Livingstonia or Kondowe is a town located in the Northern Region district of Rumphi in Malawi. It is 270 miles (430 km) north of the capital, Lilongwe, and connected by tarred road to Chitimba on the shore Lake Malawi.
Livingstonia was founded in 1894 by missionaries from the Free Church of Scotland. The missionaries had first established a mission in 1875 at Cape Maclear, which they named Livingstonia after David Livingstone, whose death in 1873 had rekindled British support for missions in Eastern Africa. The mission was linked with the Livingstonia Central Africa Company, set up as a commercial business in 1877. By 1881 Cape Maclear had proved extremely malarial and the mission moved north to Bandawe. This site also proved unhealthy and the Livingstonia Mission moved once again to the higher grounds between Lake Malawi and Nyika Plateau. This new site proved highly successful because Livingstonia is located in the mountains and therefore not prone to mosquitoes carrying malaria. The mission station gradually developed into a small town.
The leading missionary for 52 years was Robert Laws. He established the best school in the region at the time in Livingstonia, and its graduates became influential in several neighbouring countries, including South Africa. Among the alumni of the school was writer Legson Kayira, who graduated in 1958. The title of his autobiographical work I Will Try was taken from the school motto.
Laws wanted Livingstonia to develop into a University, but his successors did not pursue the dream. In 2003 the Livingstonia Synod of the Church of Central Africa, Presbyterian (CCAP) renewed the vision and started Livingstonia University.
The houses in Livingstonia are mostly constructed with red bricks. The Stone House, the original house of Robert Laws, is now a hotel. It also has a small museum about the history of Livingstonia.
In 2008, the population of Livingstonia was 6,690.
The roads to Livingstonia do not have any tarmac. The town is connected to Chitimba on Lake Malawi by the S103 (T305), a steep hillside road with multiple hairpin bends, while the T306 and T305 run to the south. Both roads are in poor condition.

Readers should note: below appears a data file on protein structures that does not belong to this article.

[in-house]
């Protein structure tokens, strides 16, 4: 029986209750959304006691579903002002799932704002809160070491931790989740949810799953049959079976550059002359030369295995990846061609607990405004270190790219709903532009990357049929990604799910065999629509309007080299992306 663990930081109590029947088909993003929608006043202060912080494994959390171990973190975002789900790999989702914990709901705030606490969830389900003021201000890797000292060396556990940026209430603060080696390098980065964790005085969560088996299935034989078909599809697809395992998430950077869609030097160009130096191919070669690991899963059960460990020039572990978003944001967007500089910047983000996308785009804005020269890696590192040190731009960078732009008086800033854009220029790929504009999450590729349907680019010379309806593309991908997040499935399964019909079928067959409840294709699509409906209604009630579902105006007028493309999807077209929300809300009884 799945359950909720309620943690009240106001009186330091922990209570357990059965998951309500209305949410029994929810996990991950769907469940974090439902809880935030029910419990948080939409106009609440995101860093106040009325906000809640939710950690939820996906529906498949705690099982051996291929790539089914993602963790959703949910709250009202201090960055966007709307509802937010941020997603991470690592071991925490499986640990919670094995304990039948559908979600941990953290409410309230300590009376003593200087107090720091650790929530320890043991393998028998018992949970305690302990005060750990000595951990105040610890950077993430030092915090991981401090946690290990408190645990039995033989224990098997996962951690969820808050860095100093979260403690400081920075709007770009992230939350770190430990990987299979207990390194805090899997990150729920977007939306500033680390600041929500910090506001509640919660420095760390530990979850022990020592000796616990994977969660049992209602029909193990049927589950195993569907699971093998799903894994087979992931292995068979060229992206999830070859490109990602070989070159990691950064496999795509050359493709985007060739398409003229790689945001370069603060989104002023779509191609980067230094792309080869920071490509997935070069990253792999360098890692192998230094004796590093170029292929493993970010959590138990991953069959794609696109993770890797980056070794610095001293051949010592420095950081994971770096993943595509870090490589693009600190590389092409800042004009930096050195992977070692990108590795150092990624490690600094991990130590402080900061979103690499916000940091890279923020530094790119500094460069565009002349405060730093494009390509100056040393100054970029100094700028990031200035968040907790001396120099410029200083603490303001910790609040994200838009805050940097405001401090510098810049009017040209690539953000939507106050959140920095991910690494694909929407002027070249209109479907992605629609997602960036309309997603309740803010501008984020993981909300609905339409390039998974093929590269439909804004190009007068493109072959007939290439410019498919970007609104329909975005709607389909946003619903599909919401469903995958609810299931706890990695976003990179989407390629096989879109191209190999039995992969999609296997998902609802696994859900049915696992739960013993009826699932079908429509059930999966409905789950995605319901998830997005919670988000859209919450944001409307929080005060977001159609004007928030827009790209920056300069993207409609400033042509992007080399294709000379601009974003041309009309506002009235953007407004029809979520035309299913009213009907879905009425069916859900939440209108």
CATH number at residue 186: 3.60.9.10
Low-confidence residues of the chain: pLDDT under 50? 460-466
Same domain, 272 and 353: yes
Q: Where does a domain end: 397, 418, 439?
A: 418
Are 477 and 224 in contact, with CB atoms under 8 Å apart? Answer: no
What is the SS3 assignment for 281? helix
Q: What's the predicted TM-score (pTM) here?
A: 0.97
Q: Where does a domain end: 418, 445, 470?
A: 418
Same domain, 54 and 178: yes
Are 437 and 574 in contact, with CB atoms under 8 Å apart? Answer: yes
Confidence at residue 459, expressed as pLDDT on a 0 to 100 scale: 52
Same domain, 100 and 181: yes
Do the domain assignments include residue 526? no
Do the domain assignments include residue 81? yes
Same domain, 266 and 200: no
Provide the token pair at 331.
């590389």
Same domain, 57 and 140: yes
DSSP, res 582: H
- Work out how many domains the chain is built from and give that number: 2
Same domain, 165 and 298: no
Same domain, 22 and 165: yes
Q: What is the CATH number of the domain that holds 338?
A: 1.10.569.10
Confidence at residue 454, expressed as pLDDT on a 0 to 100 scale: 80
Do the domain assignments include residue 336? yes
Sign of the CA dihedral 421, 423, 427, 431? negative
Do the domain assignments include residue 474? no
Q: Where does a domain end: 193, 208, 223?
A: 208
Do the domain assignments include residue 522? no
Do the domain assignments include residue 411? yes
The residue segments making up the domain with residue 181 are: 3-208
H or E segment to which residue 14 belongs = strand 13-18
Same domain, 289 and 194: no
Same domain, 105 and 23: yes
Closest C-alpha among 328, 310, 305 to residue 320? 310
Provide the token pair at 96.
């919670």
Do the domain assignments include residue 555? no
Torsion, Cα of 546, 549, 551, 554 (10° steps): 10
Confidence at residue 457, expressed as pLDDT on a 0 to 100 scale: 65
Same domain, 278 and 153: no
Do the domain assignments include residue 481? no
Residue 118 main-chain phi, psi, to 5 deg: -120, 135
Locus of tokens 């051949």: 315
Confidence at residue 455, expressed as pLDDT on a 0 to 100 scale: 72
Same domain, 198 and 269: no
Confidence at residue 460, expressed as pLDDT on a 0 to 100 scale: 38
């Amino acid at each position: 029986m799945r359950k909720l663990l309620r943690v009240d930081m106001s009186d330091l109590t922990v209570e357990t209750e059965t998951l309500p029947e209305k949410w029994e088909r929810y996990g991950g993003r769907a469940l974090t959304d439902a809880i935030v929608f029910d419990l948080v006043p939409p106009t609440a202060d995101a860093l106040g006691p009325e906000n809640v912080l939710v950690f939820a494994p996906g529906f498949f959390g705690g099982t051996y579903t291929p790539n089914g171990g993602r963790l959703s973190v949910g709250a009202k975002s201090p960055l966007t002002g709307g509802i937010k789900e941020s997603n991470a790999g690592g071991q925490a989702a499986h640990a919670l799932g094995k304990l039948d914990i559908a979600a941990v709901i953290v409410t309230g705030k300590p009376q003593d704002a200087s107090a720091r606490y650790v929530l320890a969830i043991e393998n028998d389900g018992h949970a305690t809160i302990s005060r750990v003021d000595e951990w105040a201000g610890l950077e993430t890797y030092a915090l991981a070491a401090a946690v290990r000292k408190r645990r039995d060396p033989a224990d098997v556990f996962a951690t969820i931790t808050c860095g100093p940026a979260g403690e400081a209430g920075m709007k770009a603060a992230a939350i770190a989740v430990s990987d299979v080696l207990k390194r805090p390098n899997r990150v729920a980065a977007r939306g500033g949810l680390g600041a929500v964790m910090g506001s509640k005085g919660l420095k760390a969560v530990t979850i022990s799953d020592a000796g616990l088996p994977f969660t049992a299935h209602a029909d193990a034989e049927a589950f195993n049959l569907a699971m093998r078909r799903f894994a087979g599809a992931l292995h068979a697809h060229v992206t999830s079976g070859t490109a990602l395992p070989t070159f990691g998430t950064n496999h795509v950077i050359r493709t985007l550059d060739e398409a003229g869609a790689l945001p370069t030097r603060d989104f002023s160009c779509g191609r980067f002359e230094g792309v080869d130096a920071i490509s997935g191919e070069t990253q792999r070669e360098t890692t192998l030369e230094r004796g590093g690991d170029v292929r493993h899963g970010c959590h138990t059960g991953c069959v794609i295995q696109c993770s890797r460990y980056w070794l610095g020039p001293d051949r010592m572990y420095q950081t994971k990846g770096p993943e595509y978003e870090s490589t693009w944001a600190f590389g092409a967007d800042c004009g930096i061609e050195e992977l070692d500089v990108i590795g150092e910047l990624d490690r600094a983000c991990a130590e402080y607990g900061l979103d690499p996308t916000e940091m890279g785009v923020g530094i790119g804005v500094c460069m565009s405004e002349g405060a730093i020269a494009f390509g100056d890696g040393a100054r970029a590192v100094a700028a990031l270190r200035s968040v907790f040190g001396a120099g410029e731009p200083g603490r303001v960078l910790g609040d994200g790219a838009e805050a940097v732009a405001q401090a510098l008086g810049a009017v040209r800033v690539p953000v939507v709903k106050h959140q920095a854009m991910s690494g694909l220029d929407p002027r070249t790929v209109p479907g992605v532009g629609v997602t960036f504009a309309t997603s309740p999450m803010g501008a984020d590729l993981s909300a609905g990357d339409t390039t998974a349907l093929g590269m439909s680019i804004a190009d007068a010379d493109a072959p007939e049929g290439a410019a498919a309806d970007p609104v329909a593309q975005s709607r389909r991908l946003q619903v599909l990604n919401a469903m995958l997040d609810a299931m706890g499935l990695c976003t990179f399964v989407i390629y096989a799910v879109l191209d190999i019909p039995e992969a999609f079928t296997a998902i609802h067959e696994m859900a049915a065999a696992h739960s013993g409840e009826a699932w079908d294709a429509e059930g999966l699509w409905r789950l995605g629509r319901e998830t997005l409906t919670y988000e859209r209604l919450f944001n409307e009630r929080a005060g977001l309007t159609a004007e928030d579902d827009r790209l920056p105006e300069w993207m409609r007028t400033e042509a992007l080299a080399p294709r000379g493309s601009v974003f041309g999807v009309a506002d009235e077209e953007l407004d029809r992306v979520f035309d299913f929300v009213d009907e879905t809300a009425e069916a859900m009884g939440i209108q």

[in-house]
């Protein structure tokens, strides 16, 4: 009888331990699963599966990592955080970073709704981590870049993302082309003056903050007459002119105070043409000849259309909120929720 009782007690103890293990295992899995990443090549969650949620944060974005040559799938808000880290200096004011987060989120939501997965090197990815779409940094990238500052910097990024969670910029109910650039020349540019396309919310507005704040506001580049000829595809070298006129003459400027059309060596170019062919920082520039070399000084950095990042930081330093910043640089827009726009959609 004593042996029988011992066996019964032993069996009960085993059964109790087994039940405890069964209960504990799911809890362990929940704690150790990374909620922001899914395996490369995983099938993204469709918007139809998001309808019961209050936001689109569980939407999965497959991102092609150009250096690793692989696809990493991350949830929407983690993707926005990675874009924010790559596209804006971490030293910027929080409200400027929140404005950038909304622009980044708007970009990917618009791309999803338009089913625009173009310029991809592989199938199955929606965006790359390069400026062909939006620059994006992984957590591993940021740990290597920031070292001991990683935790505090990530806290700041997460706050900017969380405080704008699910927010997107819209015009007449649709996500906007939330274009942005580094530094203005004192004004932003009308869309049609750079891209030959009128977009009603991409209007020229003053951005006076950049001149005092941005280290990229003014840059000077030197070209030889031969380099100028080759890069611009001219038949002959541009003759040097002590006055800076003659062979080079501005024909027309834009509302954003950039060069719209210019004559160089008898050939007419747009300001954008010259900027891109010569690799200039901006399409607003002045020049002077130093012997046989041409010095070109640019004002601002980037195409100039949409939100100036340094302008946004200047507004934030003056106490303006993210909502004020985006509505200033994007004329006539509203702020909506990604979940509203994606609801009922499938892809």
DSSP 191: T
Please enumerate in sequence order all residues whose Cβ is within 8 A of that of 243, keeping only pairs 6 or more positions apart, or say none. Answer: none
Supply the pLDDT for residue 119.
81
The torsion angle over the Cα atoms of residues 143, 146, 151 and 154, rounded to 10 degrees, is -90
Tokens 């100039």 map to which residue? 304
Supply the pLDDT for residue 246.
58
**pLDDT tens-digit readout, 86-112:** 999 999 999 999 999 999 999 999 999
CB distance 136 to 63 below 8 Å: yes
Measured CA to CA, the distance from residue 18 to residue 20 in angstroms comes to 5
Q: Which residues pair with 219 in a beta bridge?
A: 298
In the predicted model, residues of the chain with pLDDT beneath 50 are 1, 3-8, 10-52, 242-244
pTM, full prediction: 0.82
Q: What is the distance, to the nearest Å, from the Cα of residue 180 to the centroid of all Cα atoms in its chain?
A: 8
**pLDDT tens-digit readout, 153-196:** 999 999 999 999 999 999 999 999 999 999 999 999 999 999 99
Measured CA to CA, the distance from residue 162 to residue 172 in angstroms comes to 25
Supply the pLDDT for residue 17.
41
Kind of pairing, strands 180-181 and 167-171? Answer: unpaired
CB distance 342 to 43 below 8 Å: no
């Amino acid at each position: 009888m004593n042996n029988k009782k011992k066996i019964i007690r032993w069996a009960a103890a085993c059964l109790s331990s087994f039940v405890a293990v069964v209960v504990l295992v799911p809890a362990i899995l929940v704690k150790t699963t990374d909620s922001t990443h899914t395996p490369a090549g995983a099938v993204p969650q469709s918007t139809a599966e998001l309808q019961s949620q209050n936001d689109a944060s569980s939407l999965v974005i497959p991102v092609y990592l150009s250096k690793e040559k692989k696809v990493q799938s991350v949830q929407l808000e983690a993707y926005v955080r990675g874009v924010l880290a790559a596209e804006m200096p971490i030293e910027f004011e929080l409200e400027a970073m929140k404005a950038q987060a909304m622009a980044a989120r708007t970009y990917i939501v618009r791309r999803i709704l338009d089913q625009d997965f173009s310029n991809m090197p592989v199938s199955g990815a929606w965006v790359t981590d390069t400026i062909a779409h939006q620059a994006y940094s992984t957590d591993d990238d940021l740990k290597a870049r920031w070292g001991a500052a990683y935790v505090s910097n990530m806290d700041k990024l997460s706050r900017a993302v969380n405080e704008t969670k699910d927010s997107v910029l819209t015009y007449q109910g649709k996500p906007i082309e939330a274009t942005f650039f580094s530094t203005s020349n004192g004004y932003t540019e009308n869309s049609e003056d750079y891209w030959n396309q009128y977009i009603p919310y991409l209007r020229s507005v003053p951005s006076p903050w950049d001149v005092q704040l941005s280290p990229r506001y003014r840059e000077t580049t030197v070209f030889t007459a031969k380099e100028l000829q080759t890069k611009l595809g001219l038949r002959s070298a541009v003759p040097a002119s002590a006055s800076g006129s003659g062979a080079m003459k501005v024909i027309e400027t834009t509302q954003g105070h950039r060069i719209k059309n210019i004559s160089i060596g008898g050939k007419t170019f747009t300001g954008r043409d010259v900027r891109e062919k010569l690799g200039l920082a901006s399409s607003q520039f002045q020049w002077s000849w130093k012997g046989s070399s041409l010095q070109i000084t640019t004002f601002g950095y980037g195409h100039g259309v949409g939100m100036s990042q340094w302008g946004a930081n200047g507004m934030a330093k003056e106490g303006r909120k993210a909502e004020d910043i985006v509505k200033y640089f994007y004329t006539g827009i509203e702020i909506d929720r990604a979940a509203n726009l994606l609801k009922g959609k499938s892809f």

David Gordon Memorial Hospital had its foundation stone laid in 1910 and was opened in 1911. David Gondwe was Livingstonia's first formally trained hospital assistant. He was sacked as the mission administration discovered his polygamous marriage, and thought that rendered him "unstable". However, he was soon employed by the governmental Colonial Medical Services. The hospital currently serves a catchment area with a population of approximately 60,000.
- Lonely Planet, Malawi, Mozambique and Zambia (1st Ed.). 1997. Lonely Planet Publications, Hawthorne, Australia.
- For the history of Livingstonia Mission and Synod see: John McCracken, Politics and Christianity in Malawi 1975-1940. The Impact of the Livingstonia Mission in the Northern Province, 2nd ed., Blantyre: CLAIM, 2000, 376 pp.
- Davidsbeenhere (2 July 2014). Malawi, Africa Country Travel Guide 2014. Davidsbeenhere.com, LLC. p. 15. GGKEY:HWAD8WP4N8B.
- Legson Kayira I Will Try (Autobiography) (1965), pp. 45, 56.
- World Gazetteer: Malawi: largest cities and towns and statistics of their population Archived 4 August 2008 at the Wayback Machine
- Greenwood, Anne (2015). Beyond the state: The Colonial Medical Service in British Africa. Oxford: Oxford University Press.
- Livingstonia Hospital Partnership
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